Vancouver, BC Residents Start Rebellion Against Multi-million Dollar Bike Lanes!

September 1st, 2017 – Since Roman Emperor Nero burned Rome in 64 AD to build a better city to his liking, no peacetime Western city has been messed up so much as Vancouver, British Columbia into a dysfunctional metropolis. Core of the issue is the construction of concrete bike lanes and other structures at the expense of motor lanes, which were already inadequate to accommodate the growing city population of about 3 million. Stuck between the mountains and the U.S. border with little room to expand, Greater Vancouver is Canada’s most desirable city for those who want to live in a mild climate. It was called North America’s most congested city before the construction began. To make things worse, the city has cancelled hundreds of street parking spaces to install a bike rental business, and is now desperately converting free space to paid parking to cover its losses and wasteful spending.

With concrete bike lanes and obstructions constructed in key traffic areas of Downtown Vancouver, residents are complaining of the constant traffic gridlock that cripples motorists’ mobility. City of Vancouver, one of the several municipalities in the region, is the main business hub where many Metro residents go to work or conduct their business. As Canada’s western port and second largest city, and the expanding Asia trade, Metro Vancouver had been gaining importance that may be lost if businesses start moving out due to the constant and irresolvable traffic gridlock. As a port Vancouver had already been losing business to Seattle over the past decade. The historic Burrard Bridge, one of the main arteries into and out Central Vancouver, has now been crippled after the City built a 1-kilometer pair of concrete bike lanes at a reported cost of $35 million. According to Statistics Canada cyclists make up about 2-percent of commuters in the city.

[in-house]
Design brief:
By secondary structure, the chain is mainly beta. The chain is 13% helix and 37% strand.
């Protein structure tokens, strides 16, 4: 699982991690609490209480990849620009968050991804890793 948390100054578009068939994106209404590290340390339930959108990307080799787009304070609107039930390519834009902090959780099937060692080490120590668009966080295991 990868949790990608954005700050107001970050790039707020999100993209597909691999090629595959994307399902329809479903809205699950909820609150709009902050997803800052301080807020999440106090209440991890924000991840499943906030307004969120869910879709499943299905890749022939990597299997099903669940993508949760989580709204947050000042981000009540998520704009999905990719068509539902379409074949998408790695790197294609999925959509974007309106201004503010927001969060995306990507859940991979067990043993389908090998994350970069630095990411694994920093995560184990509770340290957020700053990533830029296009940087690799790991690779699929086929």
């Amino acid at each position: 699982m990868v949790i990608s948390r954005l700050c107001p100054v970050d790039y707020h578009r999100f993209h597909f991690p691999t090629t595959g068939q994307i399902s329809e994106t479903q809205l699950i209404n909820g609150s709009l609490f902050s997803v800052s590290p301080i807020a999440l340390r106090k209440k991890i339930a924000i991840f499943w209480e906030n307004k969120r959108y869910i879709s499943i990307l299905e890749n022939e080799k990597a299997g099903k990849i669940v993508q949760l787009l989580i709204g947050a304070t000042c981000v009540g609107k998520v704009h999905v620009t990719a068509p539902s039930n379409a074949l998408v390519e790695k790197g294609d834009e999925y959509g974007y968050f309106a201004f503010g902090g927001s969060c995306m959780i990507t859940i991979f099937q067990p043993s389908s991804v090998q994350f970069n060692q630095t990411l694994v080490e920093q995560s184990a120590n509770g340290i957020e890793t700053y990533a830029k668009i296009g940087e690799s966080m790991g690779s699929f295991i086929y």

The City Council has voted to spread the bike lanes around Vancouver General Hospital, the biggest health facility, which threatens to impair health care services offered to patients in and around the hospital, not to mention mobility of emergency vehicles.

Residents are also upset with the air pollution that has increased many times with cars idling at gridlocked areas, and the lack of regulation of cyclists who are not subject to any rules of the road who make driving in Vancouver a safety hazard. Increased pollution due to this ill-advised project implemented without a referendum is a fatal contradiction to the City’s purported objective of building “A Greener Vancouver.”

Residents who are fed up with a city government that ignores or disdains the majority of residents have started many protest groups. One of these is “Restore Vancouver” which promises to be a political movement. Their petition to the City has already collected over 3000 signatures. With over 3 million motorists in British Columbia, 350,000 of whom live in the City of Vancouver, the group is confident that it can reverse this ill-advised project before or after next year’s general elections.